Echinocystis lobata (Michaux) Torrey & Gray is an herbaceous, monoecious annual vine that can reach 6–8 m high (14). It extends throughout the temperate regions of eastern North America, mainly in riverine habitats and rich, moist soils of deciduous forests, although it can also be found in waste areas and on drier sites. It is considered to be a weedy species in southern Canada (1).
In Iowa, 10 shoot tips of Echinocystis lobata were collected from plants at two sites in Black Hawk and Butler counties and stored in formalin-acetic acid-alcohol (FAA) (31). Seeds were harvested from these plants in October 1998, stratified at 4°C in University of Northern Iowa (UNI) potting soil mix for 26 wk (7), and germinated under natural greenhouse conditions. The resulting seven seedlings were transplanted to pots containing the standard UNI soil and grown outdoors during the summer. Plants were fertilized every two to three weeks with Peters 20–20–20 General Purpose liquid fertilizer (Scotts Co., Marysville, Ohio, USA). Observations were made daily, and a minimum of 50 shoot tips were harvested over the growing season and stored in FAA.
In Ontario, 10 seedlings from a forested site on the University of Guelph campus were transplanted at the first-true-leaf stage to pots containing Pro-Mix BX potting soil (Premier Horticulture, Rivière du Loup, Quebec, Canada) and grown to the flowering stage in the greenhouse. Plants were fertilized weekly with 20–20–20 fertilizer. A minimum of 50 shoot tips were harvested over the growing season and stored in FAA.
For resin sectioning, FAA-preserved material was dehydrated through a graded ethanol series, then infiltrated with LR White resin (London Resin, Theale, Berkshire, UK), in which it was embedded. The embedded material was serially sectioned at a thickness of 6 μm, using glass knives and a Sorvall Porter-Blum MT-2 ultra microtome (DuPont Co., Newton, Connecticut, USA). The sections were mounted on gelatin-covered slides and stained with toluidine blue O (31). Sections were viewed and photographed with an Olympus BX-40 photomicroscope (Olympus, Tokyo, Japan) equipped with an Olympus PM-20 exposure control unit with Kodak T-Max 100 and Technical Pan films (Eastman Kodak, Rochester, New York, USA).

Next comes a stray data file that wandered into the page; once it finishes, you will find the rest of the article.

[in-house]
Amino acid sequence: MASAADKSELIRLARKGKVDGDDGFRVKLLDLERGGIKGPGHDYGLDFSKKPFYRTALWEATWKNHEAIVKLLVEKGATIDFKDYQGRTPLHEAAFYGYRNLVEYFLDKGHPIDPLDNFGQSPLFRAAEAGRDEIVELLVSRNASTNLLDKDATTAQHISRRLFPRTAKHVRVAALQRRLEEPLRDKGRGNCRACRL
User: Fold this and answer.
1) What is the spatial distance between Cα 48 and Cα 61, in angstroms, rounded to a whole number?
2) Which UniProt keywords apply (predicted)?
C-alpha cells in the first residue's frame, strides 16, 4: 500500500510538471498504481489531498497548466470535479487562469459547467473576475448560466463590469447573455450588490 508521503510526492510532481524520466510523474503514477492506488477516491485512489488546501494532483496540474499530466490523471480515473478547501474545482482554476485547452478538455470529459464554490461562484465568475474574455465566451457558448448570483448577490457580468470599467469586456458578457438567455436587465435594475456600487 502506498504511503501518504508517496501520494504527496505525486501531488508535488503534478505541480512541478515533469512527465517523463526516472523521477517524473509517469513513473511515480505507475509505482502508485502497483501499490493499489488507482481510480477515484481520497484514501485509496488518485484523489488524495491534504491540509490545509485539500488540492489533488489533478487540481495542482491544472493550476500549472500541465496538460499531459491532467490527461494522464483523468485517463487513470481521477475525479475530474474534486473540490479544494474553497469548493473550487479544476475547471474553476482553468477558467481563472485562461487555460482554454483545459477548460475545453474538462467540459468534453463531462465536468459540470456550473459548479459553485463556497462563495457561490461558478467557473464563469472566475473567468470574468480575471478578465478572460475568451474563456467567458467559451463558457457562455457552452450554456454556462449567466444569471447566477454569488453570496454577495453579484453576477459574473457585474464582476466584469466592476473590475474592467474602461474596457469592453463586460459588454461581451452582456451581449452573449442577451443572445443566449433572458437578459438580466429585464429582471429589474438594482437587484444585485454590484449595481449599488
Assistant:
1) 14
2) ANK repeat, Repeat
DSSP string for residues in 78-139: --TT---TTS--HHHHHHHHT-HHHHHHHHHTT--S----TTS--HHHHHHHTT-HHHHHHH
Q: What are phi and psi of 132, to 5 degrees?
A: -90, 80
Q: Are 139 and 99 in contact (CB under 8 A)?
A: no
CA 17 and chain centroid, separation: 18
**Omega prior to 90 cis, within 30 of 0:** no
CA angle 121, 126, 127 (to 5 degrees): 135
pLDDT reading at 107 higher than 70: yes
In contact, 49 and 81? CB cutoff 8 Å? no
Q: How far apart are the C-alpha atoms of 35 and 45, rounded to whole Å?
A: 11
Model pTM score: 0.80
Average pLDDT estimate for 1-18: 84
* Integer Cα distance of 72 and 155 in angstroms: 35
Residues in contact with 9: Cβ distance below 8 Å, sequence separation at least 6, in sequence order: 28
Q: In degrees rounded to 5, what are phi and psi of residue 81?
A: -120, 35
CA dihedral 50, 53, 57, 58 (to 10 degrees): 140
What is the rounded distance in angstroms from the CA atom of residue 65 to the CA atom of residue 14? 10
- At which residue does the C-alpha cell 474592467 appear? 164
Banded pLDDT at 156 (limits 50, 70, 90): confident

Epi-illumination light microscopy
Preserved shoot tips were carried through a graded ethanol series and stained with either 0.1% chlorozole black in 95% ethanol, 0.1% nigrosin in 95% ethanol, or 0.5% alcoholic acid fuchsin at least overnight to improve contrast, then washed and stored in absolute ethanol. Dissected specimens immersed in absolute alcohol were examined and photographed with a Leitz photomicroscope fitted with Leitz Ultrapak (UO) dipping cones (Leitz Group, Oberkochen/Württemberg, Germany), a green wide-band interference filter, an Olympus PM-20 exposure control unit, and Kodak Technical Pan film (29; 6).